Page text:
The first ever Center for Gandhian Studies, is expected to be launched in Shanghai’s Fudan University, when Prime Minister Narendra Modi visits China from May 14-16.
Modi will arrive in Chinese city of Xian on May 14 where he would hold informal talks with Chinese President Xi Jinping and later travel to Beijing on May 15 for the formal talks.
With Yoga increasingly becoming popular as a fitness program, Modi is also expected to announce the setting up of a Yoga College which will be established at Yunnan Minzu University in China’s Yunnan province.
According to officials, the staff for the centre will be provided by the Indian Council of Cultural Relations (ICCR)
The university already has a centre for Indian studies. However, this is the first time a centre dedicated to Gandhian studies is being established in China even though a few books on Gandhian thoughts have been published in the Chinese language earlier.
Despite being contemporaries, Gandhi and former chairman of the Communist Party of China Mao Zedong have contrasting views on national liberation.
Whereas, Mahatma Gandhi advocated non-violent struggle, Mao firmly believed in the dictum of “power flows through the barrel of the gun”.
Modi is expected to end his visit in Shanghai where he would attend a series of events including an address to the Indian community.
China’s November retail sales grew at their weakest pace since 2003 and industrial output rose the least in nearly three years as domestic demand softened further, underlining rising risks to the economy as China works to defuse a trade dispute with the United States.
The world’s second-largest economy has been loosing momentum in recent quarters as a multi-year government campaign to curb shadow lending put increasing financial strains on companies in a blow to production and investment.
The slowdown in Chinese industries has started to weigh on consumer sentiment this year, tapping the brakes on retail sales. Big-ticket items have been the first to be hit, with auto sales declining since May.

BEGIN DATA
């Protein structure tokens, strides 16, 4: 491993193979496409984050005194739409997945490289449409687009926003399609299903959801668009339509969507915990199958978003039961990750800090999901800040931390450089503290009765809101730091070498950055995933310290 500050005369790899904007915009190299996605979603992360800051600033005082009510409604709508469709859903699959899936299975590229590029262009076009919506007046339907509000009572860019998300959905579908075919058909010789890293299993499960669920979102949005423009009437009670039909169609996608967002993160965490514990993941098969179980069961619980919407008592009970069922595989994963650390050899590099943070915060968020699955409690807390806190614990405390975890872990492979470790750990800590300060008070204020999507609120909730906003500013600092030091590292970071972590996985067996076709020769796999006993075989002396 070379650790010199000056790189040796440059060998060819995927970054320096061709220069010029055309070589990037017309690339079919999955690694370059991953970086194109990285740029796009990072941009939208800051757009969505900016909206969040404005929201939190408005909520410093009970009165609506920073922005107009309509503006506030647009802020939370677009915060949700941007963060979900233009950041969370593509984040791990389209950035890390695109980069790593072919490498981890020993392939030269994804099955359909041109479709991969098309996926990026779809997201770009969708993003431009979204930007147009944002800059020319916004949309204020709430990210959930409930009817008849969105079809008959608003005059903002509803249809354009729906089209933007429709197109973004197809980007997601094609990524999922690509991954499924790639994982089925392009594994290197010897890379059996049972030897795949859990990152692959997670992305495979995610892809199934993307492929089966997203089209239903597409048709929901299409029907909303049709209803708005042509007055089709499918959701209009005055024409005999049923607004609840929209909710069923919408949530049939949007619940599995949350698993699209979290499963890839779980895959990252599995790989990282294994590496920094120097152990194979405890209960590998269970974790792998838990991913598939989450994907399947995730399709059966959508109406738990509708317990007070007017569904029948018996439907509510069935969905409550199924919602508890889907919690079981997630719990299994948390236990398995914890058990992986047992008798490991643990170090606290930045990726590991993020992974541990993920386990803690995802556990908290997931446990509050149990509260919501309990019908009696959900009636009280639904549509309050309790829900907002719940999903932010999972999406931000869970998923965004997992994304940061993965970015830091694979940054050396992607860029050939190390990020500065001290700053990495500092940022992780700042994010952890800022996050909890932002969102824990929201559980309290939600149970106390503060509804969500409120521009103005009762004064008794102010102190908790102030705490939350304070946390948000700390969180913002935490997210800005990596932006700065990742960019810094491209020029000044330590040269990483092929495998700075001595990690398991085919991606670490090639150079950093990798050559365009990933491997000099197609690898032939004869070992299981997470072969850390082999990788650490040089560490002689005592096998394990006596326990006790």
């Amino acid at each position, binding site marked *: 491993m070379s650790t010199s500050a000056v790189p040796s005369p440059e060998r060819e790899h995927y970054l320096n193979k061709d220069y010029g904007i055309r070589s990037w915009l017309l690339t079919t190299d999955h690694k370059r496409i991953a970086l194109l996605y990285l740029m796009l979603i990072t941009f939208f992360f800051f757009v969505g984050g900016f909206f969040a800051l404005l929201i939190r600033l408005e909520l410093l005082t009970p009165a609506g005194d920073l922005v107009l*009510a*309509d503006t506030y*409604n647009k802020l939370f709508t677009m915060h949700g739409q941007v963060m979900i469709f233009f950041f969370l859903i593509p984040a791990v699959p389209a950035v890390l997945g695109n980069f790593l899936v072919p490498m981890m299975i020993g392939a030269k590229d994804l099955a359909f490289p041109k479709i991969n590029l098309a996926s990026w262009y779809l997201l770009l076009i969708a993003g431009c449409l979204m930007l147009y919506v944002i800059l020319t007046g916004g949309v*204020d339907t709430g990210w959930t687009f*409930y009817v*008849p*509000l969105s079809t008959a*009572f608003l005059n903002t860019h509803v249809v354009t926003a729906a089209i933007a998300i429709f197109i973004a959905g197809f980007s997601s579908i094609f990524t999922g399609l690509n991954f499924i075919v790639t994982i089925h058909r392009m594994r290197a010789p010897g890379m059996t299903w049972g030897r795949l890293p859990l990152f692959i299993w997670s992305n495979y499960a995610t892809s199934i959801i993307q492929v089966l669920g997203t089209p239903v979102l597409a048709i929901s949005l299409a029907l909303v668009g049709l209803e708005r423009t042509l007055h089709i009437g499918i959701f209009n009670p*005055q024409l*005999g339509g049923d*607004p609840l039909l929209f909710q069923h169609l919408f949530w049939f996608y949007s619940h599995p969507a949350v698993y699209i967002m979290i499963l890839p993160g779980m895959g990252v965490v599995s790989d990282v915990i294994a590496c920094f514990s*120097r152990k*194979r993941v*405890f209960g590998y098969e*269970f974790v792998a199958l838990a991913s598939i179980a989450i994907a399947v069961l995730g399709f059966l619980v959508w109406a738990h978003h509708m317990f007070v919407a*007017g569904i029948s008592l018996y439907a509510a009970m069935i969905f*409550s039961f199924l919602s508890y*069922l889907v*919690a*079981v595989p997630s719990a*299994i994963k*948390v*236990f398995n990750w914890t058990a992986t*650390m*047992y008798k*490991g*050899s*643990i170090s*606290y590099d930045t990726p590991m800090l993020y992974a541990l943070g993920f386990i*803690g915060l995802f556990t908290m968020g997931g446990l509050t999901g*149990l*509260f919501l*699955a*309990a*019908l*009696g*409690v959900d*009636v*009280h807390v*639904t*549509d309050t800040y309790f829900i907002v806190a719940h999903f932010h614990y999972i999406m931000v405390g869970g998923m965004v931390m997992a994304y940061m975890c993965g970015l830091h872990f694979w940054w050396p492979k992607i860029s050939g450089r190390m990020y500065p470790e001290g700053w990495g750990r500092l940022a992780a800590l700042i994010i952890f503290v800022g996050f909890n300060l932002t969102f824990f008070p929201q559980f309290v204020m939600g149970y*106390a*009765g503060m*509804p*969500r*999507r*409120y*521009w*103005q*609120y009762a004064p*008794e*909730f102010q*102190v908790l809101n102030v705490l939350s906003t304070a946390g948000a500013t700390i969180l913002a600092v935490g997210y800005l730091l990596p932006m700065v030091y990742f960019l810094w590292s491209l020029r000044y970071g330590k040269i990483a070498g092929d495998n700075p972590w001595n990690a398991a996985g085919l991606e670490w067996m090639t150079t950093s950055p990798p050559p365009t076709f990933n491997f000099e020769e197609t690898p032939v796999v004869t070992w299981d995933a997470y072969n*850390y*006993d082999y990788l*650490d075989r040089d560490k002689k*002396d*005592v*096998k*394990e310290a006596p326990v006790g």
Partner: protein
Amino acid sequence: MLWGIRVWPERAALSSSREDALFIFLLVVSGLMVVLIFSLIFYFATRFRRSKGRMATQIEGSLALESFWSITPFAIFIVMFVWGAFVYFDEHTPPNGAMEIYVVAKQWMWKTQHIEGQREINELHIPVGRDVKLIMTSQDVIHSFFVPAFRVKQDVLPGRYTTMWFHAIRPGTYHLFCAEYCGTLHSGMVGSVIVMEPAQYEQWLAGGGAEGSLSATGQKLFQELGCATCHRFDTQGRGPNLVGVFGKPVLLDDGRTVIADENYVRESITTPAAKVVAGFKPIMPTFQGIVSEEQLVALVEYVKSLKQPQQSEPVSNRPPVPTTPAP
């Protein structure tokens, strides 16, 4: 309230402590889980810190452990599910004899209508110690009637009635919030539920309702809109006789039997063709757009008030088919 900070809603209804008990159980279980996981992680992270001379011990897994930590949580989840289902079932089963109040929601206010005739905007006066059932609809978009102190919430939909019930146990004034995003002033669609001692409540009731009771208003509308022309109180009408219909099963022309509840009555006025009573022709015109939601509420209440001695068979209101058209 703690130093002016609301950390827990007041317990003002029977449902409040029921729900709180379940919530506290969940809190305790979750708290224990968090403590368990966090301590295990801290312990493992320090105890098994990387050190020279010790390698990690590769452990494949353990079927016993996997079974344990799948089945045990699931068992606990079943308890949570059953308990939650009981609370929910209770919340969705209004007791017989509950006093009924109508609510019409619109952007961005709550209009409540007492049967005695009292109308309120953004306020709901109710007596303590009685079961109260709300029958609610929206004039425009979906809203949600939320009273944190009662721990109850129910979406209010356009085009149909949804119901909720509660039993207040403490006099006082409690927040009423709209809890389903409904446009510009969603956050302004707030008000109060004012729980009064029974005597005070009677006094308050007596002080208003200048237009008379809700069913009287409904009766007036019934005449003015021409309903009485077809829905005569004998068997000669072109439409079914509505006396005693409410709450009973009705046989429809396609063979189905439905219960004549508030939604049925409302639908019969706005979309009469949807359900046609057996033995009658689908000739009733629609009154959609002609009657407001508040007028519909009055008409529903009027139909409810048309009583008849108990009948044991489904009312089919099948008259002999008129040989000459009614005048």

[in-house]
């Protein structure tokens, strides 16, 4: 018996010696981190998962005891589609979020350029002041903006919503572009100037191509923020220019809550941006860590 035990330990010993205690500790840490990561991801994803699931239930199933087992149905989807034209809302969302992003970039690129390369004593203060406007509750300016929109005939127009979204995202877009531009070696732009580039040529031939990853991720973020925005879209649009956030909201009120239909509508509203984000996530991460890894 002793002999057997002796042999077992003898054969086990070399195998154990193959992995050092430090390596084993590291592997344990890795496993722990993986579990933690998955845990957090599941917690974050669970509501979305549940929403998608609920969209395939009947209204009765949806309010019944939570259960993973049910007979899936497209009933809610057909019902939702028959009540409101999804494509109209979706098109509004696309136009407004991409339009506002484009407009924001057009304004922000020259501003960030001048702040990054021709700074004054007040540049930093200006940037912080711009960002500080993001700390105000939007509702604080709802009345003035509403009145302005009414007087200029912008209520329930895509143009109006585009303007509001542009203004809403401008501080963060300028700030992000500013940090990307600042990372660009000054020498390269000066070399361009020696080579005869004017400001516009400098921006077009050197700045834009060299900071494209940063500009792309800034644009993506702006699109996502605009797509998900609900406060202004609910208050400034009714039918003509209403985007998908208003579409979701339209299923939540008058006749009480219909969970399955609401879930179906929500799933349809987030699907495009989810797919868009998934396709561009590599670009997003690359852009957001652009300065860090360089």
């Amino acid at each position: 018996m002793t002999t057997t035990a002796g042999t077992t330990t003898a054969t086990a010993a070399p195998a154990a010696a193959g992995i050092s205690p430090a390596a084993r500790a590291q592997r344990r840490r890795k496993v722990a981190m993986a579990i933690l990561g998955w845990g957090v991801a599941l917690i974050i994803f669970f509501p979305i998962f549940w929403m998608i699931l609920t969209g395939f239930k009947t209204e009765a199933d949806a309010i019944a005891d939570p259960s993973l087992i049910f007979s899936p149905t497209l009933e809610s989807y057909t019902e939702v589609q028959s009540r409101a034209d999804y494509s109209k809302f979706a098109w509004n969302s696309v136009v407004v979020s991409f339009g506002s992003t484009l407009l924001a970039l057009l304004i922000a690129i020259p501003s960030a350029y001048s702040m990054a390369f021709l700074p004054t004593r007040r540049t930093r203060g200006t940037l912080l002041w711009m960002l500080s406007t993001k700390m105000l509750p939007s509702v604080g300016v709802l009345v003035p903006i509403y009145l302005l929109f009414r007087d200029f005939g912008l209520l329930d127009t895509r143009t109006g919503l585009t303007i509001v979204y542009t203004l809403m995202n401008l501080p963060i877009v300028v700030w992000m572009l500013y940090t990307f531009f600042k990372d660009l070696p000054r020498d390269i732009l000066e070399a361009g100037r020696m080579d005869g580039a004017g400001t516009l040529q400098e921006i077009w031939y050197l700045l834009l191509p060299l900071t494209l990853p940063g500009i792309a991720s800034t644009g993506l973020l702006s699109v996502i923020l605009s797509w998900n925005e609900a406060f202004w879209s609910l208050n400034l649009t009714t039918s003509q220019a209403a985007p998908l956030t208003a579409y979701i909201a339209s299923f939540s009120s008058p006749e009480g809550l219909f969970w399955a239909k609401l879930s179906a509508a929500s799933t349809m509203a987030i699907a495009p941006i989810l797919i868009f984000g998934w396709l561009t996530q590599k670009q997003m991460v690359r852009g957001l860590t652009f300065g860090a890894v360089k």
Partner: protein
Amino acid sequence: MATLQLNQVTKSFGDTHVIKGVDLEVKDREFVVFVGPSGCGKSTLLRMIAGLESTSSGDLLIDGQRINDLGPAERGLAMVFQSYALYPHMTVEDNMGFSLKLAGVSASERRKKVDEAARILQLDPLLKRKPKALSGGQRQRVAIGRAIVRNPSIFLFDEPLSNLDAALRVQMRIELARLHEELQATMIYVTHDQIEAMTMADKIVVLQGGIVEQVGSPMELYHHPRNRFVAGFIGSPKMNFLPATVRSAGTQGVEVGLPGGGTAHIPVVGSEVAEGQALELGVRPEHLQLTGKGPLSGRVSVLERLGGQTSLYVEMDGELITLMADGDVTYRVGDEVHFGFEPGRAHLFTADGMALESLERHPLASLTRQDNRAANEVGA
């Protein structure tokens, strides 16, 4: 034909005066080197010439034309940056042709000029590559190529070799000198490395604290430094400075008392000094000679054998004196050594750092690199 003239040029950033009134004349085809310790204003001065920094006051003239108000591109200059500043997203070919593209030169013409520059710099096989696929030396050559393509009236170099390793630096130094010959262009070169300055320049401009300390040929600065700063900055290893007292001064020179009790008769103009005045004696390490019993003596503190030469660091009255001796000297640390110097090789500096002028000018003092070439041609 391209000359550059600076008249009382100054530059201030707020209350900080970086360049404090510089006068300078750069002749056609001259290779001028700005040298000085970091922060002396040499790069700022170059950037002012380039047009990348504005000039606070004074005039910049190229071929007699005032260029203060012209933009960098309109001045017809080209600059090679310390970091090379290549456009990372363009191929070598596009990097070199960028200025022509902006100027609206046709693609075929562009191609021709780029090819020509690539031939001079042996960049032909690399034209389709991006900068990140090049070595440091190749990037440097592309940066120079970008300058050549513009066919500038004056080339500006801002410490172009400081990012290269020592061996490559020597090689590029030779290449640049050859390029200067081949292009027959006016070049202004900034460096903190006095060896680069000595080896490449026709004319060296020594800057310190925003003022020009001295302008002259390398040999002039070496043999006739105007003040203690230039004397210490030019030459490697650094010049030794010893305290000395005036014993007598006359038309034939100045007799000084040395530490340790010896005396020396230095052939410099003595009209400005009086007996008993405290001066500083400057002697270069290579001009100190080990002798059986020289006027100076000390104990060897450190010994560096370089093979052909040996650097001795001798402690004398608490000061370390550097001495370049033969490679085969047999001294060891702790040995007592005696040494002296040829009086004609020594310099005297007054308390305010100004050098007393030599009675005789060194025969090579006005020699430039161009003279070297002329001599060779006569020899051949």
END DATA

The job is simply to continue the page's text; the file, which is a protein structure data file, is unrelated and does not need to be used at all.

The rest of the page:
Pace of retail sales slows
Retail sales rose 8.1 percent in November from a year earlier, data from the National Bureau of Statistics showed Friday, below expectations for an 8.8 percent rise and the slowest since May 2003. In October, sales increased 8.6 percent. Auto sales fell a sharp 10.0 percent from a year earlier.
The slump was in line with data released by China’s top auto industry association, which showed sales dived 14 percent in November, the steepest drop in nearly seven years.
The stresses on broad activity have been compounded by a sharp escalation in China’s trade dispute with the United States, which has threatened to fracture global supply chains, chill investment, exports and growth.
Pace of industrial output slows
Industrial output rose 5.4 percent in November, missing analysts’ estimates and matching the rate of growth seen in January-February 2016. Factory output had been expected to grow 5.9 percent, unchanged from October’s pace.
Over the weekend, China reported far weaker than expected November exports and imports, reflecting slower global demand and waning domestic factory activity as profit margins narrow.
With economic growth at its weakest since the global financial crisis, Chinese policymakers are ramping up spending, pushing banks to increase lending and cutting taxes to shore up businesses and ward off a more damaging slump.
The weaker November industrial output and retail sales growth numbers showed that downward pressure on the economy is increasing, said Mao Shengyong, spokesman at the statistics bureau.
Still on track to hit growth target
But China is on track to hit its 2018 economic growth target of around 6.5 percent, Mao told reporters.
“On balance, the latest data show an economy that is under pressure on both the external and domestic front, with policy efforts to shore up growth still falling short,” Julian Evans-Pritchard, senior China economists at Capital Economics, wrote in a note.
A temporary 90-day trade war truce agreed by the United States and China early this month may have removed some of the immediate pressure on the economy.
The impact on China’s economy from the Sino-U.S. trade frictions are not apparent yet, Mao cautioned, adding that the nation will face more “external” uncertainties in 2019.
Indeed, even in the unlikely event the world’s top two economies reach a durable resolution in their dispute, ebbing domestic demand, mounting household debt and a cooling real estate sector point to a further slowdown in growth next year. (VOA)